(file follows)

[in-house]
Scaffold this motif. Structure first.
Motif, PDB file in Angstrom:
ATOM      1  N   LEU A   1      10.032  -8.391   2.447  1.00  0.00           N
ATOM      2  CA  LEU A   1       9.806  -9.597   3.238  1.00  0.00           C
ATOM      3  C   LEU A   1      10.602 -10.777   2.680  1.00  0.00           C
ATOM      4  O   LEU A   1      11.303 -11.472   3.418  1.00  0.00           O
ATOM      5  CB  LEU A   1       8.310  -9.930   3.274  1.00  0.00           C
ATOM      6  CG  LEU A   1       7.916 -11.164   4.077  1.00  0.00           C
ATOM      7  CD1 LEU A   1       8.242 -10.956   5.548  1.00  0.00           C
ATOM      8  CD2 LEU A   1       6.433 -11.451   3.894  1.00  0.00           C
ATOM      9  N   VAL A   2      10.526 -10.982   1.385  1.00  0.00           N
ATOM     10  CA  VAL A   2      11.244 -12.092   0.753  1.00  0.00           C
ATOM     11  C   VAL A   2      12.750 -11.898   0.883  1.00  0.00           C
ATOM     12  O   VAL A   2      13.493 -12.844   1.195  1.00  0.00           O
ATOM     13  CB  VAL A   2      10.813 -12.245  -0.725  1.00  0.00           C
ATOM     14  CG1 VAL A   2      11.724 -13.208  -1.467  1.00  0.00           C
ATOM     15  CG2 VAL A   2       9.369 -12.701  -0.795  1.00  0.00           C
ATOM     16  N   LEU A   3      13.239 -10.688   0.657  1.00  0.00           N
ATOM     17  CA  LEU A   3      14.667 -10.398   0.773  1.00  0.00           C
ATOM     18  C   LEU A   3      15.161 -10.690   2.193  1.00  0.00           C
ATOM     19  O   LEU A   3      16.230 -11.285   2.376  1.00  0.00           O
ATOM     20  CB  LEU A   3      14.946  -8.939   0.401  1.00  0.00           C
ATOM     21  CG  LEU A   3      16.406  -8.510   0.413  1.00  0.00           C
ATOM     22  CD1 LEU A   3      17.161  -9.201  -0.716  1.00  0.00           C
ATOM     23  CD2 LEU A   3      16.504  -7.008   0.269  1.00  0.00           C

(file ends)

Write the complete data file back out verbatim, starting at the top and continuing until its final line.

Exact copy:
[in-house]
Scaffold this motif. Structure first.
Motif, PDB file in Angstrom:
ATOM      1  N   LEU A   1      10.032  -8.391   2.447  1.00  0.00           N
ATOM      2  CA  LEU A   1       9.806  -9.597   3.238  1.00  0.00           C
ATOM      3  C   LEU A   1      10.602 -10.777   2.680  1.00  0.00           C
ATOM      4  O   LEU A   1      11.303 -11.472   3.418  1.00  0.00           O
ATOM      5  CB  LEU A   1       8.310  -9.930   3.274  1.00  0.00           C
ATOM      6  CG  LEU A   1       7.916 -11.164   4.077  1.00  0.00           C
ATOM      7  CD1 LEU A   1       8.242 -10.956   5.548  1.00  0.00           C
ATOM      8  CD2 LEU A   1       6.433 -11.451   3.894  1.00  0.00           C
ATOM      9  N   VAL A   2      10.526 -10.982   1.385  1.00  0.00           N
ATOM     10  CA  VAL A   2      11.244 -12.092   0.753  1.00  0.00           C
ATOM     11  C   VAL A   2      12.750 -11.898   0.883  1.00  0.00           C
ATOM     12  O   VAL A   2      13.493 -12.844   1.195  1.00  0.00           O
ATOM     13  CB  VAL A   2      10.813 -12.245  -0.725  1.00  0.00           C
ATOM     14  CG1 VAL A   2      11.724 -13.208  -1.467  1.00  0.00           C
ATOM     15  CG2 VAL A   2       9.369 -12.701  -0.795  1.00  0.00           C
ATOM     16  N   LEU A   3      13.239 -10.688   0.657  1.00  0.00           N
ATOM     17  CA  LEU A   3      14.667 -10.398   0.773  1.00  0.00           C
ATOM     18  C   LEU A   3      15.161 -10.690   2.193  1.00  0.00           C
ATOM     19  O   LEU A   3      16.230 -11.285   2.376  1.00  0.00           O
ATOM     20  CB  LEU A   3      14.946  -8.939   0.401  1.00  0.00           C
ATOM     21  CG  LEU A   3      16.406  -8.510   0.413  1.00  0.00           C
ATOM     22  CD1 LEU A   3      17.161  -9.201  -0.716  1.00  0.00           C
ATOM     23  CD2 LEU A   3      16.504  -7.008   0.269  1.00  0.00           C